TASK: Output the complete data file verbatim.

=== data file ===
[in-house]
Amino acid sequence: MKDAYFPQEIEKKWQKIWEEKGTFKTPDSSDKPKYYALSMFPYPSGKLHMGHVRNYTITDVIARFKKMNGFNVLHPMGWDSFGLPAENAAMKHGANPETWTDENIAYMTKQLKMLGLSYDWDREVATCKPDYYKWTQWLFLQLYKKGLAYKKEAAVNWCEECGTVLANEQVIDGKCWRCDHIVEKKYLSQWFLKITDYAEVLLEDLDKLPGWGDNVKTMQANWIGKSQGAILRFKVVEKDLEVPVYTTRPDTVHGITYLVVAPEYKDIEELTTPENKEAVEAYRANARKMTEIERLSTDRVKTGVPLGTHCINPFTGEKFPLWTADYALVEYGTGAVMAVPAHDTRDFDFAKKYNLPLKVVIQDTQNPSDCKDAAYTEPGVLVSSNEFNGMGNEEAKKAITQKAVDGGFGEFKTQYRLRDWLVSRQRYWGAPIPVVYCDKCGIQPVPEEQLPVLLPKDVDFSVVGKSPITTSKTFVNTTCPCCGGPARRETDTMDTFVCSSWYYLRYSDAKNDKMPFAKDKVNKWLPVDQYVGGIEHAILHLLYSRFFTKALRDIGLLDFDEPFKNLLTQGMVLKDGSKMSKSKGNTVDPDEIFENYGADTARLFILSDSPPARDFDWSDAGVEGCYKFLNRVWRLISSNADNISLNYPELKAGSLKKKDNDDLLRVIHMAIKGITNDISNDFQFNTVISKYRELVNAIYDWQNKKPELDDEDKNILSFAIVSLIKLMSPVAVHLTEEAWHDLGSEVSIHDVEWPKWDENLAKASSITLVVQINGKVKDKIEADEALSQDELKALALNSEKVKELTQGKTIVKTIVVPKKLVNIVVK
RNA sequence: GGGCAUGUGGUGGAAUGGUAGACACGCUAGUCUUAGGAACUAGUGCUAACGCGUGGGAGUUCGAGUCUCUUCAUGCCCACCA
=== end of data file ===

[in-house]
Amino acid sequence: MKDAYFPQEIEKKWQKIWEEKGTFKTPDSSDKPKYYALSMFPYPSGKLHMGHVRNYTITDVIARFKKMNGFNVLHPMGWDSFGLPAENAAMKHGANPETWTDENIAYMTKQLKMLGLSYDWDREVATCKPDYYKWTQWLFLQLYKKGLAYKKEAAVNWCEECGTVLANEQVIDGKCWRCDHIVEKKYLSQWFLKITDYAEVLLEDLDKLPGWGDNVKTMQANWIGKSQGAILRFKVVEKDLEVPVYTTRPDTVHGITYLVVAPEYKDIEELTTPENKEAVEAYRANARKMTEIERLSTDRVKTGVPLGTHCINPFTGEKFPLWTADYALVEYGTGAVMAVPAHDTRDFDFAKKYNLPLKVVIQDTQNPSDCKDAAYTEPGVLVSSNEFNGMGNEEAKKAITQKAVDGGFGEFKTQYRLRDWLVSRQRYWGAPIPVVYCDKCGIQPVPEEQLPVLLPKDVDFSVVGKSPITTSKTFVNTTCPCCGGPARRETDTMDTFVCSSWYYLRYSDAKNDKMPFAKDKVNKWLPVDQYVGGIEHAILHLLYSRFFTKALRDIGLLDFDEPFKNLLTQGMVLKDGSKMSKSKGNTVDPDEIFENYGADTARLFILSDSPPARDFDWSDAGVEGCYKFLNRVWRLISSNADNISLNYPELKAGSLKKKDNDDLLRVIHMAIKGITNDISNDFQFNTVISKYRELVNAIYDWQNKKPELDDEDKNILSFAIVSLIKLMSPVAVHLTEEAWHDLGSEVSIHDVEWPKWDENLAKASSITLVVQINGKVKDKIEADEALSQDELKALALNSEKVKELTQGKTIVKTIVVPKKLVNIVVK
RNA sequence: GGGCAUGUGGUGGAAUGGUAGACACGCUAGUCUUAGGAACUAGUGCUAACGCGUGGGAGUUCGAGUCUCUUCAUGCCCACCA